“If you have a point, please come to it. I have my own copy, nay several copies of this letter.” Henry put on his best-jaded facade.
Philip gave him a cynical smile. “Indulge me.”
Noisily, Henry let out a long breath. “I do not suppose I shall get anything out of you otherwise.”
“I particularly like this part.” Philip read from the letter.
... Wherefore, to those who with a contrite heart and humble spirit shall undertake the labour of this expedition, and shall die with repentance for their sins and in the true faith, we do promise plenary indulgence for their offences, and eternal life. And whether they shall survive or whether die, they are to know that they will have, by the mercy of Almighty God and of the authority of the Apostles Saint Peter and Saint Paul, and of ourselves, remission of penance imposed for all sins of which they shall have made due confession.
Henry fussed around in his seat while Philip read him the letter. First he leaned on one arm and then the other. Then he examined his hands, both front and back, several times. Finally Philip finished the letter and handed it back to Richard. “Yes, yes, forgiveness of sins and a pathway straight to heaven. It all sounds so tempting.” Mockingly, Henry widened his eyes.
“I know of at least one prince who would find crusade very beneficial,” Philip returned.
“There are not enough crusades to compensate for Richard’s sins.” Henry laughed.
“No, not Richard. Your other son, John, is the prince of whom I speak.” Philip tilted his head. “John would benefit from crusade. Would you not agree Richard?”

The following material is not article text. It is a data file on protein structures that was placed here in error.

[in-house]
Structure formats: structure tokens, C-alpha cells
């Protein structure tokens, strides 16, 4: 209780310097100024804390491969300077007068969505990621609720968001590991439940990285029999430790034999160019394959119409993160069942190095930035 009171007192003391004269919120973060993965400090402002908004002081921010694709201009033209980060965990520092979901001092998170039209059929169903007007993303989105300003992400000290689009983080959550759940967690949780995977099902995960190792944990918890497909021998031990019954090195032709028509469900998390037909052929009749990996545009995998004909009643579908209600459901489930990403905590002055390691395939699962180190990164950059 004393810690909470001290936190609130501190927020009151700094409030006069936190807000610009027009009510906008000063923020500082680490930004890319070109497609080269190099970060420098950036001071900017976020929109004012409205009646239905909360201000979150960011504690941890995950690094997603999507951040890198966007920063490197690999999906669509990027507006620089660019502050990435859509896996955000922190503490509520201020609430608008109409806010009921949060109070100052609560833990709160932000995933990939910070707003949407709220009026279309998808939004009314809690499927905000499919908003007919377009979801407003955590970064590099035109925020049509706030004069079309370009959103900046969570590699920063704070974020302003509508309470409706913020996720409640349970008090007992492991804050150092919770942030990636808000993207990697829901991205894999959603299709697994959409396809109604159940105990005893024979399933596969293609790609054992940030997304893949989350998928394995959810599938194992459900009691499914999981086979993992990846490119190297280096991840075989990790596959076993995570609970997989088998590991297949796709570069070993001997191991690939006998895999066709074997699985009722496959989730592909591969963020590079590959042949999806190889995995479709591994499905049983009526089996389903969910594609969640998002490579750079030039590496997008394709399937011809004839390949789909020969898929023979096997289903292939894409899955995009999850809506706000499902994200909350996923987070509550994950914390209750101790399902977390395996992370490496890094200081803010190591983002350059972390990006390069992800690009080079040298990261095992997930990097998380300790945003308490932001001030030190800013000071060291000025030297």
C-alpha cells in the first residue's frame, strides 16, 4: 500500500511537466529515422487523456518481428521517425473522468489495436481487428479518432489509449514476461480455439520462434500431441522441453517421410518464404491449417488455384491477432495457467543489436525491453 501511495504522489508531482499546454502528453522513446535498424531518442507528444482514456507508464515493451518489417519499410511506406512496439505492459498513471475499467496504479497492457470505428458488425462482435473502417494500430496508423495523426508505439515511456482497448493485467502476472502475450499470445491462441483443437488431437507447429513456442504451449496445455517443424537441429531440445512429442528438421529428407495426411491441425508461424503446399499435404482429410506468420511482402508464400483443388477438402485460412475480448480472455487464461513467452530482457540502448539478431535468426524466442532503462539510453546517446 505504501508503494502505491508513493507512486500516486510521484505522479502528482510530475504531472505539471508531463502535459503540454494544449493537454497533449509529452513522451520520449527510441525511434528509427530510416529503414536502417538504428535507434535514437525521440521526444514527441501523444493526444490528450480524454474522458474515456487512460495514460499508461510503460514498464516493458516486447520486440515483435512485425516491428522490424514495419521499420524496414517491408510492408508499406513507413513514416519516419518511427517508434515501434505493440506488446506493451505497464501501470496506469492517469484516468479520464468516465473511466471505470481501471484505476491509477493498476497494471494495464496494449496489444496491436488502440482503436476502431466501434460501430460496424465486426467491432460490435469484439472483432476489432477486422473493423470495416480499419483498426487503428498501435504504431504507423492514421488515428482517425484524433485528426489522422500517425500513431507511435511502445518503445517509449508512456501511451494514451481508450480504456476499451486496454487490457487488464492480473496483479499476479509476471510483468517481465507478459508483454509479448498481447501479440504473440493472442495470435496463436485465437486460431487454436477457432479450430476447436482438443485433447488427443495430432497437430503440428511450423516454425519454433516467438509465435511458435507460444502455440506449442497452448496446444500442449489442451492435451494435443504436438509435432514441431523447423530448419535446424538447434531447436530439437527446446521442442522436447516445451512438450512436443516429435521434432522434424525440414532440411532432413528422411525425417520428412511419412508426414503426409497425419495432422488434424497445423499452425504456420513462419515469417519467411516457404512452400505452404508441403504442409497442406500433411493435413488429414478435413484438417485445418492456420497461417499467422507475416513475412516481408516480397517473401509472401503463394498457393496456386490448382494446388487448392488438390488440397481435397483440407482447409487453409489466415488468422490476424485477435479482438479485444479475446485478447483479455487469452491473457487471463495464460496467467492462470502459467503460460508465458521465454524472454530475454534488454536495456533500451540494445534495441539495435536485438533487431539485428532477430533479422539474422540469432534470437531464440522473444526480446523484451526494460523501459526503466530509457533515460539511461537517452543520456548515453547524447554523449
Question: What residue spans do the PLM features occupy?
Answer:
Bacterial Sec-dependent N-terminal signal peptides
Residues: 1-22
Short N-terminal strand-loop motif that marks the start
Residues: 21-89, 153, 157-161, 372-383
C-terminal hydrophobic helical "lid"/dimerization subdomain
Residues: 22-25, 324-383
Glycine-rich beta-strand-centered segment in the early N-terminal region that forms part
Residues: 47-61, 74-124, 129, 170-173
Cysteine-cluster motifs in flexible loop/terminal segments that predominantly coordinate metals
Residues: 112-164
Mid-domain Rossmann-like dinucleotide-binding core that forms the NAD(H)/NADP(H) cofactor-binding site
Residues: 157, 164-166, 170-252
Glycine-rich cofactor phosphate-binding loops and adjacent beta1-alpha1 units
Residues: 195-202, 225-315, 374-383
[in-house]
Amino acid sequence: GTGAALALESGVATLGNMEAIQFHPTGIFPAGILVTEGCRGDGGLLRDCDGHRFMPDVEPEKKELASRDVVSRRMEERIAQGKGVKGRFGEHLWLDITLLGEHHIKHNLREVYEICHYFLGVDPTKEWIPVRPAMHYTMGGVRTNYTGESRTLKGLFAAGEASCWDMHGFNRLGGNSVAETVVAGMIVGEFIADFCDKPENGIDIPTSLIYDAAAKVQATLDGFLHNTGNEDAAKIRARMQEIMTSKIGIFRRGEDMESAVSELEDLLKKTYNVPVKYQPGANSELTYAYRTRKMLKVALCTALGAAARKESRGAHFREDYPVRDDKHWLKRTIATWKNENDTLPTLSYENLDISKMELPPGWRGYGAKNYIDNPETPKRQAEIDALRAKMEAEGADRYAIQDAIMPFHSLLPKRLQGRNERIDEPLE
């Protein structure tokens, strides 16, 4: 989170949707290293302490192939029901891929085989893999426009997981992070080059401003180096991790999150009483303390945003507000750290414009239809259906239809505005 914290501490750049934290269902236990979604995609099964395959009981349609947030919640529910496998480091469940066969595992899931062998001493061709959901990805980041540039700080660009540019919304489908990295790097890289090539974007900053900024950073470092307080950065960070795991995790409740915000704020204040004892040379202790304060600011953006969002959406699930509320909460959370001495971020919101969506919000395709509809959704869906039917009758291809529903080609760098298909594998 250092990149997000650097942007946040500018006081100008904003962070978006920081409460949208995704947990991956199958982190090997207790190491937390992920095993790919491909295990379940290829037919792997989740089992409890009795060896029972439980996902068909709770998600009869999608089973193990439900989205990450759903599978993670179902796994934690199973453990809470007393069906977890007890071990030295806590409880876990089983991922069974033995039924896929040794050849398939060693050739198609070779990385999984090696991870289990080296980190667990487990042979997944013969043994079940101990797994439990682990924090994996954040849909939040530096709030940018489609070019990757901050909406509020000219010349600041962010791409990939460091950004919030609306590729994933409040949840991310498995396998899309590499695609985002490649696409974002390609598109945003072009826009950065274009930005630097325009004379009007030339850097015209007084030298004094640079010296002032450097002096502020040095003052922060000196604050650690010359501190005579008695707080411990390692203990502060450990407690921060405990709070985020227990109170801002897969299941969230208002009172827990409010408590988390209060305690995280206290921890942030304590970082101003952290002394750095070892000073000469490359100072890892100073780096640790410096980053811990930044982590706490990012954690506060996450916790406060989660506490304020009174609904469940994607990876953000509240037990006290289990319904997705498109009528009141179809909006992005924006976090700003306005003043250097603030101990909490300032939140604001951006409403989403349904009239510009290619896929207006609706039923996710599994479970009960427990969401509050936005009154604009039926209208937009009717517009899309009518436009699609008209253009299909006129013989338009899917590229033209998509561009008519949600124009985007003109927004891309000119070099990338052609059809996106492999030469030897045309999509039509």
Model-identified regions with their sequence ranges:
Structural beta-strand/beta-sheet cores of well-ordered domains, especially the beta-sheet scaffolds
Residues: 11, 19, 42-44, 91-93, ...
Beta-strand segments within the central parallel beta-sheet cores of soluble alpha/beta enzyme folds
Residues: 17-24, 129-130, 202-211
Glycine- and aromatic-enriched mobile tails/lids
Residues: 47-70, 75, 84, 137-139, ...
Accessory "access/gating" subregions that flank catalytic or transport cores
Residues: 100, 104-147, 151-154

“John does not need to go on crusade.” Henry’s face reddened.
“Pray tell, why is that Father?” Richard asked him.
“Yes, why hasn’t your favorite son done his duty for God?” Philip added.
Henry spoke through clenched teeth. “I don’t have a favorite...”
Richard interrupted him. “Oh spare me! That is a lie parents have been telling their children since Adam. It did not do much good with Cain and Abel, now did it?”
Henry raised his voice, “Who are you to presume to tell me about my regard for my own sons? You do not have any sons! Thank God for it! You do not know what it is like to be a parent!”
“Some might argue neither do you!” Richard shouted back at him.
Philip spoke to calm down the father and son but with a feeble, halfhearted effort. “Just a moment. Shouting will do us no good. It will accomplish nothing.”
Richard grew more animated, talking with his hands and arms. He pointed to Henry. “I am convinced that this conniving man refuses to name me as his successor because he intends to name John as his heir. That is why John has not taken the cross. He does not want his precious heir to be put in any danger.”
“Richard, I am warning you!” Henry stood.
Richard placed himself right in front of Henry.“What? What are you going to do this time? Are you going to have Anne kidnapped again? You would not dare touch her because this time she is under Philip’s protection as well as mine.”
Both father and son seethed with anger, their fists clenched, ready to strike. “If I may,” Philip forced himself between them, “I believe a simple gesture on your part, Henry, could end this argument.” Henry only glared at Philip, as he continued. “Simply name Richard as your successor or give him some sign, some token that you do not mean to give the crown to John.”
“No.” Henry jutted out his chin.
“He means to give my rightful inheritance to John.” Richard shook his head.
Philip tried again. “It would go a long way to restore your relations with Richard.”
Henry sat down and spoke without shouting. “I have spoken my piece.”
Richard erupted. “Now at last I must believe what I had always thought impossible!”
Without warning, Richard dropped to his knees before Philip. “I do hereby swear homage for the Angevin lands in French territory to my sovereign overlord, Philip Augustus, by the grace of God, King of France.”
When he finished, Richard rose to his feet, and without even looking in his father’s direction, he stormed out of the tent.
Henry sat motionless in his chair. Philip picked up his gloves from where he dropped them. As he laid one on top of the other in his hand, he turned to Henry and quipped, “I do believe he just declared war on you, Henry.”
Philip followed Richard.